I am much less qualified than you are to predict what the Supreme Court will do, but I too suspect that the court will rule relatively narrowly and in a way that will not—as so many people hope—resolve this imbroglio. Unlike you, I am—in my own untutored way—relatively sympathetic to the Florida Supreme Court’s ruling. It does seem to me from my admittedly partial reading of the Florida statute that there are contradictory provisions in it and that the court was acting reasonably, although certainly aggressively and controversially, in deciding that one provision (the authorization of hand recounts) trumped another provision (a deadline). I am not willing to predict which way the U.S. Supreme Court will rule, but either way they will not end this impasse. Probably.
The more intriguing question to me is why the Supreme Court agreed to hear this case at all. Was it really a deep philosophical interest in the question of the relative power of the legislature and the courts in Florida? Was it a sense of obligation to clarify legal issues in the midst of a major national dilemma? Was there, is there, consensus on the court about the propriety of intervening and on the proper nature of that intervention? No one expected the court to intervene in this case, something for which, as far as I know, there is no precedent at all. Given that we know nothing about the court’s motives for taking this unusual step, it is at least conceivable that we underestimate their intentions. Might they in fact be planning to do what William Safire has been urging them to do for works, and what many Americans apparently want them to do: take control of the mechanics of this controversy and somehow settle it? I suspect not, but at this point almost nothing would surprise me.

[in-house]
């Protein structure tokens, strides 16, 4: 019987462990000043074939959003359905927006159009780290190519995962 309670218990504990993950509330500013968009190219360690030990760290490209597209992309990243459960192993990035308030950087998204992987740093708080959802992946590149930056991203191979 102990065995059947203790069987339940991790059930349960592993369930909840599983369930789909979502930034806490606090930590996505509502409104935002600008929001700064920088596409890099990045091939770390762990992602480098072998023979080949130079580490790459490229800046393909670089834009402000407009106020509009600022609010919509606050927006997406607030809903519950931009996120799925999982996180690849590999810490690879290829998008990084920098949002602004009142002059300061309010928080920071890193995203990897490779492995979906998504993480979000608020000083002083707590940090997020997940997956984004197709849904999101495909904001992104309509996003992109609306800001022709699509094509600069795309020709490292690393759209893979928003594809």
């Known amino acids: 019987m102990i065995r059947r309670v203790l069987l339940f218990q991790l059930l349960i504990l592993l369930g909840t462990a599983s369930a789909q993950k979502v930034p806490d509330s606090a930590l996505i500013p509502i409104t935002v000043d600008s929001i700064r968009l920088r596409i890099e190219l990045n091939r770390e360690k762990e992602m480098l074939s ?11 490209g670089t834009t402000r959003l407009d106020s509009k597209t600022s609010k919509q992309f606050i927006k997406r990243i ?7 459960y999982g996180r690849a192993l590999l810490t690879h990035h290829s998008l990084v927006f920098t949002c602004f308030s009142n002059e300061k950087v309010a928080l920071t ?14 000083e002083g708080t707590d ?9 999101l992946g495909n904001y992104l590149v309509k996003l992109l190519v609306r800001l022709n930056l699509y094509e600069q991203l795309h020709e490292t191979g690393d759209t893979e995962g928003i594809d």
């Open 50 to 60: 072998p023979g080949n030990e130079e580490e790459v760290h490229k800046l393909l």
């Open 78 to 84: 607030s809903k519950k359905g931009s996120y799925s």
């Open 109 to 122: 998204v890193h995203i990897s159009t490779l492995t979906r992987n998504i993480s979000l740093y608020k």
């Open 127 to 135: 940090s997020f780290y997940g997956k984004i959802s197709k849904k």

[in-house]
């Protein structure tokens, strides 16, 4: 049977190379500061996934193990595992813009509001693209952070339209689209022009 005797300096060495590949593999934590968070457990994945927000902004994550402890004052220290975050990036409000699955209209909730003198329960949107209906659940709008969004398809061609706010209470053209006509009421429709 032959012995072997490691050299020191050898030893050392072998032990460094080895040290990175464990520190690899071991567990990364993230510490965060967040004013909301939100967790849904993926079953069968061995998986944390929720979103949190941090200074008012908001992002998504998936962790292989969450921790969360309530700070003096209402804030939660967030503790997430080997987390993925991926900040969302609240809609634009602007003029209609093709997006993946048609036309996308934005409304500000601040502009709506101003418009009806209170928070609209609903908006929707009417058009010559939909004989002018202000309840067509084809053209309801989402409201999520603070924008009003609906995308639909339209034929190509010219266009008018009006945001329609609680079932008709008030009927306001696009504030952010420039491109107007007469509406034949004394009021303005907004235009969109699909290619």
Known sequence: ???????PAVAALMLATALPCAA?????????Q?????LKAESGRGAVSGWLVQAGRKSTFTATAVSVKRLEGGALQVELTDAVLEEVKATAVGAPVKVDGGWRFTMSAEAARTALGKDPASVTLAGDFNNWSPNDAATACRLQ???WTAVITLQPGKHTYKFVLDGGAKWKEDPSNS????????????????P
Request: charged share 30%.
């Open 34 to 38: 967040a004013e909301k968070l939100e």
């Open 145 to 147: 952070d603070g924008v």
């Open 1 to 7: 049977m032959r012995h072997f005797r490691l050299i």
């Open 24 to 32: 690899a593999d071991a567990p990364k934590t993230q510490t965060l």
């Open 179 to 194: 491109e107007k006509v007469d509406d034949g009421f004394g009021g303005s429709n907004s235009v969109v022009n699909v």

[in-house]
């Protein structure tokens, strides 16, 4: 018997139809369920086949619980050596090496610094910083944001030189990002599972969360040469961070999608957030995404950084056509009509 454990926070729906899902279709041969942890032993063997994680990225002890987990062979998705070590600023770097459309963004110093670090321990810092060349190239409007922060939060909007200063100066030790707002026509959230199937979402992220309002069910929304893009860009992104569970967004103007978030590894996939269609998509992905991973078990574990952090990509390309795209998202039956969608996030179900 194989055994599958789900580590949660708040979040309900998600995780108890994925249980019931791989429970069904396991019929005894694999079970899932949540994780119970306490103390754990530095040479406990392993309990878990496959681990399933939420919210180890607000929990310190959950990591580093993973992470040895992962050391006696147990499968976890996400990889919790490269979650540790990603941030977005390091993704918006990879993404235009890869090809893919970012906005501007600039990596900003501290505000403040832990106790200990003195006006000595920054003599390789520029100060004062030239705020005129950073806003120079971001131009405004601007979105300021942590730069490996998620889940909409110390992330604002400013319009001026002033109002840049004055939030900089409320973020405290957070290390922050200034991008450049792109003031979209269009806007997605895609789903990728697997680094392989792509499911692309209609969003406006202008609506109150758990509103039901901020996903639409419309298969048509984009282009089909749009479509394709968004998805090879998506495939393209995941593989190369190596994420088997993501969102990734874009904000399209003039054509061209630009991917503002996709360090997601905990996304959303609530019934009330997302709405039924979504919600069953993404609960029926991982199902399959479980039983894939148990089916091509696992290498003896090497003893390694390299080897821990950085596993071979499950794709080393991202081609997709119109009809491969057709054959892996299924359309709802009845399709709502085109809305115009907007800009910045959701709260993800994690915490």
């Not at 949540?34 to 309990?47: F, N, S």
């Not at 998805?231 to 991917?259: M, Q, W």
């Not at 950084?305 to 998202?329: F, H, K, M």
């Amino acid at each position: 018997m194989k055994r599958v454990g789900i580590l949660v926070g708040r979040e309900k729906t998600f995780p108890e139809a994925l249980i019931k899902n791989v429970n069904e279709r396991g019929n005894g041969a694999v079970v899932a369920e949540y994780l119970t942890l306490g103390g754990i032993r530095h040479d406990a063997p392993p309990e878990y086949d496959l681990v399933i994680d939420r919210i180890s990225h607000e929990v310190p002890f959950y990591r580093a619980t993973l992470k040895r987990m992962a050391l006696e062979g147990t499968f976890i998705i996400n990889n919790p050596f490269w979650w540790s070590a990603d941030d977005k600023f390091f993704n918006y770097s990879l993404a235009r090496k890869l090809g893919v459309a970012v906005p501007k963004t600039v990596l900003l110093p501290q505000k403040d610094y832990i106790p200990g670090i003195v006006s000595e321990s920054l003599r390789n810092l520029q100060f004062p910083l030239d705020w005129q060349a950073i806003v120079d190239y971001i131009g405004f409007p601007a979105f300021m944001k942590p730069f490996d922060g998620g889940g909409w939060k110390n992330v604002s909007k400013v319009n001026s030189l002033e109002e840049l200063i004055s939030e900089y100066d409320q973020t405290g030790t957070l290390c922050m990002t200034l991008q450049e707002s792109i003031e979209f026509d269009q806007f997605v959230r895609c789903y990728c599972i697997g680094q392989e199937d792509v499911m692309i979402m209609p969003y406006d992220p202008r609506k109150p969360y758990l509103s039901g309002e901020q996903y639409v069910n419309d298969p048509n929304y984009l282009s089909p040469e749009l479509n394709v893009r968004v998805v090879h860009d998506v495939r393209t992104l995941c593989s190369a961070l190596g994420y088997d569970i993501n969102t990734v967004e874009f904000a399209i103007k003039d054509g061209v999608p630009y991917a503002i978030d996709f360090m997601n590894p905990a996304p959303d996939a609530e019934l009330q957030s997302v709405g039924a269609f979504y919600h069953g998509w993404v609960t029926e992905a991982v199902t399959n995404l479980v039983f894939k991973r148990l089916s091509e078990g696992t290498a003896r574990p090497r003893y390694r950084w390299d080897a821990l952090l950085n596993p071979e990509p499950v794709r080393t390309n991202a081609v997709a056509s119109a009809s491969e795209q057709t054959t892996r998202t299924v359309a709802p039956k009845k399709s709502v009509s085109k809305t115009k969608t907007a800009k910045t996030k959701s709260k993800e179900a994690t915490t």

The two scenarios you envision—the court ruling for Gore and confirming the status quo of the moment, or the court ruling for Bush and confirming the status quo as of November 14—would change little and settle nothing. But the issue that was in part the source of this battle—the difference between the pre-certification phase and the contest phase of the election—seems now a more important one than might have been predicted. As Mike Kinsley pointed out here a few days ago, the heart of the argument in favor of imposing the deadline was to ensure that there would be time for a contest. That was also the Florida Supreme Court’s rationale for setting its own tight deadline. But as soon as the vote was certified, the public (if not necessarily the legal) character of this struggle rapidly changed. Republicans argued that the contest, which they had gone to court to protect, was somehow illegitimate and even unpatriotic, and the Democrats have not been able to shake the image of futility and gracelessness that the Republican argument created. Certification also makes it much easier for the Florida Legislature to intervene to select electors regardless of what the courts decide. So, the real resolution of this dispute may lie not in what the Supreme Court rules this week but in the narrowness of the ruling of the Florida Supreme Court two weeks ago. If they had really been intent on allowing a thorough recount actually to matter, they would have had to have imposed a much later deadline, and they would have had to intervene more aggressively to ensure that the recounts actually took place (and perhaps also to impose standards on them). They would, in other words, have had to take over the election—something their critics charged them with doing at the time but which it now seems clear they came nowhere close to doing. And that’s what the Supreme Court will have to do if it is intent on resolving this battle. I very much doubt it will.